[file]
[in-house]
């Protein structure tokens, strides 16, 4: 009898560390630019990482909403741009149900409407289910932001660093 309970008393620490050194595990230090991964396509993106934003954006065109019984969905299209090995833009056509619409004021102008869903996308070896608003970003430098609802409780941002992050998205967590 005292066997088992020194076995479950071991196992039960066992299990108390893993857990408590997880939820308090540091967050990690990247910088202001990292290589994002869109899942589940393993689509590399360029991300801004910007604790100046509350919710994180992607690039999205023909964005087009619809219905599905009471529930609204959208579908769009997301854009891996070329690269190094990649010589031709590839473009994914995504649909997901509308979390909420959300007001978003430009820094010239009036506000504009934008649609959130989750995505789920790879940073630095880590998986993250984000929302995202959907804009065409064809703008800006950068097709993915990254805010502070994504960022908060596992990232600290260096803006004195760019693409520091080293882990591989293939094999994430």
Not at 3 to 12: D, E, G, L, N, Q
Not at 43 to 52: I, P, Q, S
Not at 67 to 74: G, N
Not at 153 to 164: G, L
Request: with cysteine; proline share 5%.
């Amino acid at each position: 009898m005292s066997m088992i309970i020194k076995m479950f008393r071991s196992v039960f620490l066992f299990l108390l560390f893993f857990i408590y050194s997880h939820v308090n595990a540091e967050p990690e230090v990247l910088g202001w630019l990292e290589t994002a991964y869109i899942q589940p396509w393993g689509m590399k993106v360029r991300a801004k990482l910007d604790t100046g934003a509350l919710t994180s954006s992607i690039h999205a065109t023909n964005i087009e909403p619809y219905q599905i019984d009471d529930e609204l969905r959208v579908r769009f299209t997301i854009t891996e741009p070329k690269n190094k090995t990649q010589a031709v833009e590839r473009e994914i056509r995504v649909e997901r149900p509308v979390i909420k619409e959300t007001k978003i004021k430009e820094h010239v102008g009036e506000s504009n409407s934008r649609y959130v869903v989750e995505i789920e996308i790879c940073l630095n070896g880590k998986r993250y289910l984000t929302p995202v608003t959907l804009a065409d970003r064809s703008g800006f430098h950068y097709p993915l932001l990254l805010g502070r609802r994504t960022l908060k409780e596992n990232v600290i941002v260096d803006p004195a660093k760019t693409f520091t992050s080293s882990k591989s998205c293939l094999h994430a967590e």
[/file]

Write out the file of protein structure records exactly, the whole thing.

[in-house]
């Protein structure tokens, strides 16, 4: 009898560390630019990482909403741009149900409407289910932001660093 309970008393620490050194595990230090991964396509993106934003954006065109019984969905299209090995833009056509619409004021102008869903996308070896608003970003430098609802409780941002992050998205967590 005292066997088992020194076995479950071991196992039960066992299990108390893993857990408590997880939820308090540091967050990690990247910088202001990292290589994002869109899942589940393993689509590399360029991300801004910007604790100046509350919710994180992607690039999205023909964005087009619809219905599905009471529930609204959208579908769009997301854009891996070329690269190094990649010589031709590839473009994914995504649909997901509308979390909420959300007001978003430009820094010239009036506000504009934008649609959130989750995505789920790879940073630095880590998986993250984000929302995202959907804009065409064809703008800006950068097709993915990254805010502070994504960022908060596992990232600290260096803006004195760019693409520091080293882990591989293939094999994430």
Not at 3 to 12: D, E, G, L, N, Q
Not at 43 to 52: I, P, Q, S
Not at 67 to 74: G, N
Not at 153 to 164: G, L
Request: with cysteine; proline share 5%.
């Amino acid at each position: 009898m005292s066997m088992i309970i020194k076995m479950f008393r071991s196992v039960f620490l066992f299990l108390l560390f893993f857990i408590y050194s997880h939820v308090n595990a540091e967050p990690e230090v990247l910088g202001w630019l990292e290589t994002a991964y869109i899942q589940p396509w393993g689509m590399k993106v360029r991300a801004k990482l910007d604790t100046g934003a509350l919710t994180s954006s992607i690039h999205a065109t023909n964005i087009e909403p619809y219905q599905i019984d009471d529930e609204l969905r959208v579908r769009f299209t997301i854009t891996e741009p070329k690269n190094k090995t990649q010589a031709v833009e590839r473009e994914i056509r995504v649909e997901r149900p509308v979390i909420k619409e959300t007001k978003i004021k430009e820094h010239v102008g009036e506000s504009n409407s934008r649609y959130v869903v989750e995505i789920e996308i790879c940073l630095n070896g880590k998986r993250y289910l984000t929302p995202v608003t959907l804009a065409d970003r064809s703008g800006f430098h950068y097709p993915l932001l990254l805010g502070r609802r994504t960022l908060k409780e596992n990232v600290i941002v260096d803006p004195a660093k760019t693409f520091t992050s080293s882990k591989s998205c293939l094999h994430a967590e």